Christmas time is here, which means it’s time for holiday favorites such as hot cocoa, candy canes, gingerbread cookies, and eggnog. Christmas music is playing almost everywhere you go. If you’ve heard the song “We Wish You a Merry Christmas” this season, then maybe you’ve thought about another holiday dish which is referenced in the song: Figgy Pudding. Whether you actually serve Figgy Pudding as a dish at your Christmas celebration or you’ve just heard about it in the popular song, it’s worth taking a closer look at the ingredients that make up this traditional holiday dessert.
Surprisingly, traditional Figgy Pudding does not actually contain figs. It is also referred to as Christmas Pudding or Plum Pudding, although oddly enough it does not contain plums either. It Is not pudding in the American sense, but it is referred to as pudding in the British sense, simply meaning dessert. You might be wondering: what does Figgy Pudding have to do with mycotoxins? Well, since traditional Figgy Pudding does not contain figs, mycotoxin-contaminated figs are not a concern for the dish, even though figs do have something to do with mycotoxins. Figs, just like other fruits and vegetables, can be infected by molds. Some of these molds are mycotoxin-producing. Studies have been performed on figs that contained “fig smut,” which can cause the presence of aflatoxin, ochratoxin, patulin, and other mycotoxins. This is a problem for the fig industry. The production of dried figs makes them susceptible to mycotoxin contamination. Since the fruit ripens and is sun-dried for days, this allows for infection potential.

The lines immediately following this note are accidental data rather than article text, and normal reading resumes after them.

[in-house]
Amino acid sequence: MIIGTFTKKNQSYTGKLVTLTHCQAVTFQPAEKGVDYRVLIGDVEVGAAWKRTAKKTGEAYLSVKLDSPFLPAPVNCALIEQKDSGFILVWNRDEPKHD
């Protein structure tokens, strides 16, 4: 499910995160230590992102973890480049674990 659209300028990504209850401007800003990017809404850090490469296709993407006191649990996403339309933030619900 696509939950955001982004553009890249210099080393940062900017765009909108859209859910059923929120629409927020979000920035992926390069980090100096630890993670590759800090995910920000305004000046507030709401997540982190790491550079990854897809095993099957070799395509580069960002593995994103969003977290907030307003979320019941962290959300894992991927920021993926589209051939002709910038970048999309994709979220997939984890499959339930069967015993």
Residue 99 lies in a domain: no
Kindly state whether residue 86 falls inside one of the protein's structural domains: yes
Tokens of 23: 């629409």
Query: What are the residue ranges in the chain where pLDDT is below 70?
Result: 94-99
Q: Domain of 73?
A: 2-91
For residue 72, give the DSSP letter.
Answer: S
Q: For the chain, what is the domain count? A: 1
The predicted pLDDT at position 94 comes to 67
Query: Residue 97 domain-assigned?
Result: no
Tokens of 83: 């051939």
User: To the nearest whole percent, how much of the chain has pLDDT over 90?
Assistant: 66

So, if Figgy Pudding does not actually contain figs, then what ingredients do make up this dish? A traditional recipe for Figgy Pudding typically resembles the following: brown sugar, suet, raisins, currants, orange peel, flour, breadcrumbs, lemon zest, eggs, cinnamon, nutmeg, salt, and brandy. Do any of these ingredients have the potential for mycotoxin contamination? Yes, several of these ingredients do. Let’s take a look at a few:
Raisins and Currants: Ochratoxin A
Flour: Deoxynivalenol (Vomitoxin)
Cinnamon: Aflatoxin B1
Knowing that several ingredients that make up a traditional Figgy Pudding recipe have the potential to be contaminated with mycotoxins, it is clear that analytical testing for these compounds is important. At Trilogy, we have the capability to test for all of the mycotoxins mentioned above and are proud to be a part of keeping your holidays food favorites safe. So enjoy the Figgy Pudding this holiday season, and Merry Christmas from Trilogy!
Share on Social Media: